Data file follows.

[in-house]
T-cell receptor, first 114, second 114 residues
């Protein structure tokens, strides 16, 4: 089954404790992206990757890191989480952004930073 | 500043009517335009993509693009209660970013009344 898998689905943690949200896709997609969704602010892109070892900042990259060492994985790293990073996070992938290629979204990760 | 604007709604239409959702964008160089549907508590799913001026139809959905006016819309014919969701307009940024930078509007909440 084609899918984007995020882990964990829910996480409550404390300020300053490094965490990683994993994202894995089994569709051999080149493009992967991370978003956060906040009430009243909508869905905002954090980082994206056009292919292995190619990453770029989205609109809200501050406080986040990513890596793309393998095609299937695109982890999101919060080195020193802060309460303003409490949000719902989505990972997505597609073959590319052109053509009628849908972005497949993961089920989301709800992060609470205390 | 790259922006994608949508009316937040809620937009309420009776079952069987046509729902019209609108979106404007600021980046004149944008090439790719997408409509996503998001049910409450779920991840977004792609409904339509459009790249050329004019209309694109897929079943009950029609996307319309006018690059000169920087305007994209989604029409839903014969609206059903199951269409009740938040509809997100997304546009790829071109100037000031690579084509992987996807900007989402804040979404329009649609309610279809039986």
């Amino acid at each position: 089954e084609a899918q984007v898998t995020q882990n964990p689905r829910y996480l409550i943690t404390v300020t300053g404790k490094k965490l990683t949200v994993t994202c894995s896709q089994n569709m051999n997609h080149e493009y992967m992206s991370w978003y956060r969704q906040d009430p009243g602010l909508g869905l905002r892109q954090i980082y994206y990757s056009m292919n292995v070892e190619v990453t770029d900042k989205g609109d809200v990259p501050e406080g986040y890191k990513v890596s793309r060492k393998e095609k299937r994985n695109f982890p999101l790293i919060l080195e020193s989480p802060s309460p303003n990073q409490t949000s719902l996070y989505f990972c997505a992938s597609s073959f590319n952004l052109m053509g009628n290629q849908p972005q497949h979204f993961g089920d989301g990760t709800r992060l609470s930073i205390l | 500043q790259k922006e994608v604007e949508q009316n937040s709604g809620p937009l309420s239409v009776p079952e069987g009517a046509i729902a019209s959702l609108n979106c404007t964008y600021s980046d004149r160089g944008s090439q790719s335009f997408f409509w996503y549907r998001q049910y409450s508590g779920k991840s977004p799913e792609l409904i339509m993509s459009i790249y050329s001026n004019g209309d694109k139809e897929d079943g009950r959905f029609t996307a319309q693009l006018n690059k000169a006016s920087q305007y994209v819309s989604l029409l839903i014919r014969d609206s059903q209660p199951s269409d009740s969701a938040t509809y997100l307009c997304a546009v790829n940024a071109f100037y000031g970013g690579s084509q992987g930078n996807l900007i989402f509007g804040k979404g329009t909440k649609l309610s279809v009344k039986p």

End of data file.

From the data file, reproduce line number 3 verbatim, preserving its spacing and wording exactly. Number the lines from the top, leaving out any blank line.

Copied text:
């Protein structure tokens, strides 16, 4: 089954404790992206990757890191989480952004930073 | 500043009517335009993509693009209660970013009344 898998689905943690949200896709997609969704602010892109070892900042990259060492994985790293990073996070992938290629979204990760 | 604007709604239409959702964008160089549907508590799913001026139809959905006016819309014919969701307009940024930078509007909440 084609899918984007995020882990964990829910996480409550404390300020300053490094965490990683994993994202894995089994569709051999080149493009992967991370978003956060906040009430009243909508869905905002954090980082994206056009292919292995190619990453770029989205609109809200501050406080986040990513890596793309393998095609299937695109982890999101919060080195020193802060309460303003409490949000719902989505990972997505597609073959590319052109053509009628849908972005497949993961089920989301709800992060609470205390 | 790259922006994608949508009316937040809620937009309420009776079952069987046509729902019209609108979106404007600021980046004149944008090439790719997408409509996503998001049910409450779920991840977004792609409904339509459009790249050329004019209309694109897929079943009950029609996307319309006018690059000169920087305007994209989604029409839903014969609206059903199951269409009740938040509809997100997304546009790829071109100037000031690579084509992987996807900007989402804040979404329009649609309610279809039986």